This is a good customer of mine. He’s been with me for years. I apologized for his experience and sent him the $100.
What I didn’t do was complain to the product seller. I let it go. While I play fair, I realize I can’t always expect everyone else to do the same. This seller has quality products I totally believe in, and I’ll probably continue to promote them.
But in the future, I will look at the funnels I promote more carefully. And if there is a way to get a better deal, I’ll let my readers know about it.
Case Study: Increasing Opt-ins by 50%
Matt offers a physical copy of his book for free, if the new customer pays for shipping and subscribes to a $1 trial of a $47 monthly continuity program.
When Matt set up his squeeze page he was in a hurry. He recorded a short video of himself talking about the book offer but he omitted using an ecover. Conversion was at 26% and it wasn’t paying for itself. In fact, for each new subscriber, he was paying about $2.00 out of his own pocket.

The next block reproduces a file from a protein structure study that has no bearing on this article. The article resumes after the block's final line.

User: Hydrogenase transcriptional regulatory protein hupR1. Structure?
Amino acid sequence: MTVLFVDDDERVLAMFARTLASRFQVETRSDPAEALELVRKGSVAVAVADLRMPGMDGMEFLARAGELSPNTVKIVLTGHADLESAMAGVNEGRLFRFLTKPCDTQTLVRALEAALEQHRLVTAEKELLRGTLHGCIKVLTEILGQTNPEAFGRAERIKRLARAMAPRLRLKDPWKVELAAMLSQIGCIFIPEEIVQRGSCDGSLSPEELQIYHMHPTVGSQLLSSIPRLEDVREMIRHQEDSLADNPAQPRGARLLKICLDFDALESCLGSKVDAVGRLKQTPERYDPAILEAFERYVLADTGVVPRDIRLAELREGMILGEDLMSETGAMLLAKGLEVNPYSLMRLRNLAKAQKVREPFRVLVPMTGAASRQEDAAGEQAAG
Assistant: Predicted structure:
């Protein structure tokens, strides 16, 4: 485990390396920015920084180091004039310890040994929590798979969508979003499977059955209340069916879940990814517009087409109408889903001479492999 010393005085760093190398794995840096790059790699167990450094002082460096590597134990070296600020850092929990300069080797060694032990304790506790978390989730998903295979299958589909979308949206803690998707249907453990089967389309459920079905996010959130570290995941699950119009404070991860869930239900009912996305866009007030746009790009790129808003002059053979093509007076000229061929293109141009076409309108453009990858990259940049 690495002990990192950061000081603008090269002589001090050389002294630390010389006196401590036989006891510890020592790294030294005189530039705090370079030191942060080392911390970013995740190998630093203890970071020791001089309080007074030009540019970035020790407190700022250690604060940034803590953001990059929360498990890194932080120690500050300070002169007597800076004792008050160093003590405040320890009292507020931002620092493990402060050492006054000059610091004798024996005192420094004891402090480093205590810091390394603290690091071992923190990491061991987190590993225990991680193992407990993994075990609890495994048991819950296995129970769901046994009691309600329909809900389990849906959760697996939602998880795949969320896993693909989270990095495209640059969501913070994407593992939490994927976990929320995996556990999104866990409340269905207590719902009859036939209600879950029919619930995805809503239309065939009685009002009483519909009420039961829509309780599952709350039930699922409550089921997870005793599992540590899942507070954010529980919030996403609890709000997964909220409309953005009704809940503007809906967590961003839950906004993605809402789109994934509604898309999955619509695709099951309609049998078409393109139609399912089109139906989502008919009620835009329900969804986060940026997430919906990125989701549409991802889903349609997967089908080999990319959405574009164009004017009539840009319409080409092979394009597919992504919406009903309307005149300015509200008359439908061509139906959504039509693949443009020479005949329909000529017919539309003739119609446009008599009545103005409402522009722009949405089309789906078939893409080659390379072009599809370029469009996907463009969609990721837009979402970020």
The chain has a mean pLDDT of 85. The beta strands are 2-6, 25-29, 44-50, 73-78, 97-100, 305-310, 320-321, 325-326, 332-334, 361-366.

The continuity program is a good one and he was making a profit overall, but he really wanted to get the initial offer to pay for itself so that he could ramp up his advertising.
He tried a few things which increased conversion a percentage point or two. But then he finally added an ecover right above the opt-in form.
Then he went a step further, recorded a new video in which he holds a copy of his book and replaced the old video.
Conversions have now increased by 50%.
Never underestimate the importance of pictures in general and ecovers in particular. Whatever it is that you’re offering; a book, a report, software, etc., display a picture of it for prospects to salivate over. Or better yet, hold it in your hand to make it even more real and more desirable for the prospect.